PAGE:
Kleber Mendonça Filho and Juliano Dornelles, Bacurau 2019, DCP, sound, color, 131 minutes. Udo Kier.

When the water truck arrives, a funeral is underway for Bacurau’s matriarch: an imposing black woman who even in death casts a spell over the generations gathered to mourn and celebrate her. The town is diversity itself, a whole spectrum of racial and sexual individuality, a jumble of nonconformity: Its history is so fabled it even has its own museum, the decisive contents of which aren’t seen until the final reels. The museum is full of Easter eggs that turn out to be hand grenades. Off to one side, Sônia Braga’s fierce doctor (when she isn’t hurling drunken, grief-stricken imprecations at the deceased) emerges as a voice of reason—if “I’ll feed your cock to the hens” is understood as a declaration of basic human rights.

Back at the funeral procession, the crowd warbles a song that is immortal and prophetic:

A feast of fear and terror
Phantoms haunt the wake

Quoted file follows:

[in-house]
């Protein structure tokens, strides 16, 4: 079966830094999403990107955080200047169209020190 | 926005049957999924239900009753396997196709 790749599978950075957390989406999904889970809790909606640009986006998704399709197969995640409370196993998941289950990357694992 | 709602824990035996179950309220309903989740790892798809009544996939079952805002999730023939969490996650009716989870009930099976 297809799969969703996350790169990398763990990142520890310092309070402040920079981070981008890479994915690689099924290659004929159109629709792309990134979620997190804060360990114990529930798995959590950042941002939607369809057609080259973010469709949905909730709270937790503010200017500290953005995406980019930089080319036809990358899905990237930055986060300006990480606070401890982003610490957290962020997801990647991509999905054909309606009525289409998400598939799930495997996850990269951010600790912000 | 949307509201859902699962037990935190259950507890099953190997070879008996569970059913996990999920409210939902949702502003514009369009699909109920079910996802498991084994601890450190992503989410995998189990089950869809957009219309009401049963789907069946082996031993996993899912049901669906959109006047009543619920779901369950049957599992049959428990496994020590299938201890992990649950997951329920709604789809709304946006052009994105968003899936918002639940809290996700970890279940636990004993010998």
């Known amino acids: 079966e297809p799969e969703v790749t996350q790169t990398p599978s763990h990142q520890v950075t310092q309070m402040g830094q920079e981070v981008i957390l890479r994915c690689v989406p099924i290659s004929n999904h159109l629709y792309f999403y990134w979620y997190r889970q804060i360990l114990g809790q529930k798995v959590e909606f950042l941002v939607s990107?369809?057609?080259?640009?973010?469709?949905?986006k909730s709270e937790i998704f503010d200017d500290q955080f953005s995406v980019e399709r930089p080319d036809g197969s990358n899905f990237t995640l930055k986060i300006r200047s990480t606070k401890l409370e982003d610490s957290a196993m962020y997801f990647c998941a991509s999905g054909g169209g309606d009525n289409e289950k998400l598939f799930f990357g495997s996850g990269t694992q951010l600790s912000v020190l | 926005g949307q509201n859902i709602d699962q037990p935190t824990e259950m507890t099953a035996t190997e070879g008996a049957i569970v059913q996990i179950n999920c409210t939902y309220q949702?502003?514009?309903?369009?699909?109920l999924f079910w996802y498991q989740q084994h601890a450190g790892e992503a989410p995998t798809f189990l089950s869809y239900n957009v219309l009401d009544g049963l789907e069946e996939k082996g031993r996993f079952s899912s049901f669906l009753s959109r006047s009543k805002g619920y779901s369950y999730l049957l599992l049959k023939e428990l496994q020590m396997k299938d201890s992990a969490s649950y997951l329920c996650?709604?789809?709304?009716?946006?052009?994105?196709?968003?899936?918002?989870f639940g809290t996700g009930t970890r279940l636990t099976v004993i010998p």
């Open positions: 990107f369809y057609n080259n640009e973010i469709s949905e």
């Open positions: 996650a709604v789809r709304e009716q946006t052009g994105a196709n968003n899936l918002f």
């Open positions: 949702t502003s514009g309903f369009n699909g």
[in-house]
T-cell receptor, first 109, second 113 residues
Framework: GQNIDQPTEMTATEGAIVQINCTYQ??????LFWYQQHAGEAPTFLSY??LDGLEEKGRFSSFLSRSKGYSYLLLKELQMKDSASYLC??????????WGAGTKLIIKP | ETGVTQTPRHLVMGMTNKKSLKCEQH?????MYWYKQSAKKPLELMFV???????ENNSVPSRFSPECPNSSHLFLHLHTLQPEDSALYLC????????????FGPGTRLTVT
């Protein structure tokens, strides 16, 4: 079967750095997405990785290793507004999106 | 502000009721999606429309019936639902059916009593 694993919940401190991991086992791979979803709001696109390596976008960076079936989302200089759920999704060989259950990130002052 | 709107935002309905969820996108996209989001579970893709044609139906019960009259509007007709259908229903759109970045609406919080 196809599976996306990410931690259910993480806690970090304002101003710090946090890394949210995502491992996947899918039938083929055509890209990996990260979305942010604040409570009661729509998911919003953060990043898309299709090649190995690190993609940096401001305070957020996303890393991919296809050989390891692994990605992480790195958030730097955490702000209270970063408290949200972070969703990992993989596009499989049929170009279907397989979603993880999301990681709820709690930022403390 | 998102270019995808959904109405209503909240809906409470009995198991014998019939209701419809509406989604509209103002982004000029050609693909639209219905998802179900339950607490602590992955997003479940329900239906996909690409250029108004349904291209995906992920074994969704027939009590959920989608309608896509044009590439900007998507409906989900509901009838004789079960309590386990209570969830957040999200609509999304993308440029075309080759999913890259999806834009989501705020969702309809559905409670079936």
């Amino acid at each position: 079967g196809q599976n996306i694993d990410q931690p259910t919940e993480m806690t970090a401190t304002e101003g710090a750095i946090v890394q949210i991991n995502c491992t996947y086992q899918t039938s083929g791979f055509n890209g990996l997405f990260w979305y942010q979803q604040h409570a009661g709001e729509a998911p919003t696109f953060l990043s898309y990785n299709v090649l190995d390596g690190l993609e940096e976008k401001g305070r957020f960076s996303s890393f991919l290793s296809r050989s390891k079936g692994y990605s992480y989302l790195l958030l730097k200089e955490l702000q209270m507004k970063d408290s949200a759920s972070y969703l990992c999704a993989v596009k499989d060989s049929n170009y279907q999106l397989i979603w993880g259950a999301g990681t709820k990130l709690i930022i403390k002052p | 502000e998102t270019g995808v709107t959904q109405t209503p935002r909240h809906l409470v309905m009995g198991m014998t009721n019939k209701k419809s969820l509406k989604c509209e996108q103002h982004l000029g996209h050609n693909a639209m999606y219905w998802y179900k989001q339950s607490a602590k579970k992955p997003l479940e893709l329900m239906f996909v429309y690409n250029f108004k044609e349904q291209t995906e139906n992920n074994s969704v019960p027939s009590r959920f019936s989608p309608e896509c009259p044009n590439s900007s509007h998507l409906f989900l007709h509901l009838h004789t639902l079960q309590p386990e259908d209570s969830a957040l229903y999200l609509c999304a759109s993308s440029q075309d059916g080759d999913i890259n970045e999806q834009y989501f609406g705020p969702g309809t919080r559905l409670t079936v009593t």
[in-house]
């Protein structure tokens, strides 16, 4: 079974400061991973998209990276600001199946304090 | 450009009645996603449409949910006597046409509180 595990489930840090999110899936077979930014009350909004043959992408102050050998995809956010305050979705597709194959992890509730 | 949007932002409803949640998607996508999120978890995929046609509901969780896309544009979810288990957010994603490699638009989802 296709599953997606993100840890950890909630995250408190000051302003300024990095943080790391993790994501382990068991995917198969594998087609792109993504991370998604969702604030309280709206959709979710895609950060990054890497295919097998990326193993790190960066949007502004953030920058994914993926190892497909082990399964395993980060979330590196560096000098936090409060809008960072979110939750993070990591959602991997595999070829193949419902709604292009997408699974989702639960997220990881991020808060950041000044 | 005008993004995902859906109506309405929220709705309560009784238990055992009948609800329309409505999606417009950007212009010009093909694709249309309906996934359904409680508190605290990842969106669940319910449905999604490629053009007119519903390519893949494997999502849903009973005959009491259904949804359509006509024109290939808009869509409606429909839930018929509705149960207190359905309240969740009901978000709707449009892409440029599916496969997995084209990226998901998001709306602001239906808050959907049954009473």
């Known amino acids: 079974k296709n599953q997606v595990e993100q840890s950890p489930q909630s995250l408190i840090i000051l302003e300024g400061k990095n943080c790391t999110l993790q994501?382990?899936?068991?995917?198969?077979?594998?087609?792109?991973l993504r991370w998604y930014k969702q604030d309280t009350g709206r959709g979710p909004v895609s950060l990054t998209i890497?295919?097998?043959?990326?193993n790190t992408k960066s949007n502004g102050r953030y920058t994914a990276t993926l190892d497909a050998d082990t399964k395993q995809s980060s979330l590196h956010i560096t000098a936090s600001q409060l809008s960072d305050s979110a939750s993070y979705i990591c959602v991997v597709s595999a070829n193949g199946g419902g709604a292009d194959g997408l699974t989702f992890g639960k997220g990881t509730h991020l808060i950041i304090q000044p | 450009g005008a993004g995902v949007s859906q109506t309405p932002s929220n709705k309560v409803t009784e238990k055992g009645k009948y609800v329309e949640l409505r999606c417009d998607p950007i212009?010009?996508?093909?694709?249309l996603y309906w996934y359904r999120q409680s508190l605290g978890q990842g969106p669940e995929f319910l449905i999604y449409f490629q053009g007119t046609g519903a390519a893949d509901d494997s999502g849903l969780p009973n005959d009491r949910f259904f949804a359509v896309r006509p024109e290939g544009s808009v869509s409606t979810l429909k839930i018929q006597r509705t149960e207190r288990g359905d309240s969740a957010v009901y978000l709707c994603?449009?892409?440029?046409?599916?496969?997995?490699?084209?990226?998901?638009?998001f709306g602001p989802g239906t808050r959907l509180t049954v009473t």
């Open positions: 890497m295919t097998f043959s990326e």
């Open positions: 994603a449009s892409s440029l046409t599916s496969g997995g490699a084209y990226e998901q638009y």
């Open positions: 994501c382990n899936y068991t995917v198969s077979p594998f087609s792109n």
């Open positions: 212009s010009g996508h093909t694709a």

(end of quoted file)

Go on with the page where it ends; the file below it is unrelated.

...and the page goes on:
Punching holes in the trunk of night,
The woodpecker’s beak.

Did I mention the members of the funeral party have also ritually ingested a “powerful psychotropic drug”? And that visions of water pouring out of the matriarch’s coffin drift across the screen like incense? Just as you think you’re getting your hallucinatory bearings, the film slips into social comedy mode, residents teasing and bickering and hooking up against a backdrop of skewed normality. A big-screen TV on the back of a truck serves as the town’s entertainment center; over his loudspeaker, the DJ serves as news anchor, traffic reporter, life coach, and town crier (“Paulo Roberto . . . Jade’s trying to reach you. Pick up the phone!”). A flatbed truck carrying a portable brothel arrives at home base, the prostitutes laughing and bathing in an open-air shower. That water recirculates through the hulk of an abandoned school bus that’s been turned into a greenhouse.

Then the hamlet’s sentries announce that outsiders are approaching. In rolls the despised local politician Tony Jr., rotten scion of the landowner class, with his mobile billboard, his retinue, and some “supplies” (expired food and narcotics, random books that are dumped in front of the school like trash in a landfill). The townspeople have disappeared en masse as he speaks to their dust. And almost imperceptibly, Bacurau kicks into gear: This perfect little bit of campaign satire switches to quiet dread when Tony’s minions force a young prostitute to go with them and his buffoonery turns to ruthless threat.

Kleber Mendonça Filho and Juliano Dornelles, Bacurau 2019, DCP, sound, color, 131 minutes. Sônia Braga and Luciana Souza.